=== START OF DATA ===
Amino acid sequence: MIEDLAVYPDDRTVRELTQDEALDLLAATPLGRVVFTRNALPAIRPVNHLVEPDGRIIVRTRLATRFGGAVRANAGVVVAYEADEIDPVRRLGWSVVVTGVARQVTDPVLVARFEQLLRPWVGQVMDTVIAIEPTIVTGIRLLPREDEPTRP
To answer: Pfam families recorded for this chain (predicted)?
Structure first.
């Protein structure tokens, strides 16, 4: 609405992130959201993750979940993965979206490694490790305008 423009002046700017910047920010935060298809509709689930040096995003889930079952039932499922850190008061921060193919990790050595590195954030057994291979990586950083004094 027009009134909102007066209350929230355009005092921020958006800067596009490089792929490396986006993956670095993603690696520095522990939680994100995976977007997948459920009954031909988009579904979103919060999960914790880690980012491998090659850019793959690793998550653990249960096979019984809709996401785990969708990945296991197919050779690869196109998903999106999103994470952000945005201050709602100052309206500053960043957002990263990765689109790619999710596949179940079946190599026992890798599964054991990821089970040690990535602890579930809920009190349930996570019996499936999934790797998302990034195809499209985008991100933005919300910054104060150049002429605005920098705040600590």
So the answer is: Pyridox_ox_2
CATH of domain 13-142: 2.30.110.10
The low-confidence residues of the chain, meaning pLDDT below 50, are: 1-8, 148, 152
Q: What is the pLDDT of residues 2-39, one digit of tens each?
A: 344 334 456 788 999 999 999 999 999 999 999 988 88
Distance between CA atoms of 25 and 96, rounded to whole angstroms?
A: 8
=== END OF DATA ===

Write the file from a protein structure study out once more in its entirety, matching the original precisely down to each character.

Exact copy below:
Amino acid sequence: MIEDLAVYPDDRTVRELTQDEALDLLAATPLGRVVFTRNALPAIRPVNHLVEPDGRIIVRTRLATRFGGAVRANAGVVVAYEADEIDPVRRLGWSVVVTGVARQVTDPVLVARFEQLLRPWVGQVMDTVIAIEPTIVTGIRLLPREDEPTRP
To answer: Pfam families recorded for this chain (predicted)?
Structure first.
């Protein structure tokens, strides 16, 4: 609405992130959201993750979940993965979206490694490790305008 423009002046700017910047920010935060298809509709689930040096995003889930079952039932499922850190008061921060193919990790050595590195954030057994291979990586950083004094 027009009134909102007066209350929230355009005092921020958006800067596009490089792929490396986006993956670095993603690696520095522990939680994100995976977007997948459920009954031909988009579904979103919060999960914790880690980012491998090659850019793959690793998550653990249960096979019984809709996401785990969708990945296991197919050779690869196109998903999106999103994470952000945005201050709602100052309206500053960043957002990263990765689109790619999710596949179940079946190599026992890798599964054991990821089970040690990535602890579930809920009190349930996570019996499936999934790797998302990034195809499209985008991100933005919300910054104060150049002429605005920098705040600590």
So the answer is: Pyridox_ox_2
CATH of domain 13-142: 2.30.110.10
The low-confidence residues of the chain, meaning pLDDT below 50, are: 1-8, 148, 152
Q: What is the pLDDT of residues 2-39, one digit of tens each?
A: 344 334 456 788 999 999 999 999 999 999 999 988 88
Distance between CA atoms of 25 and 96, rounded to whole angstroms?
A: 8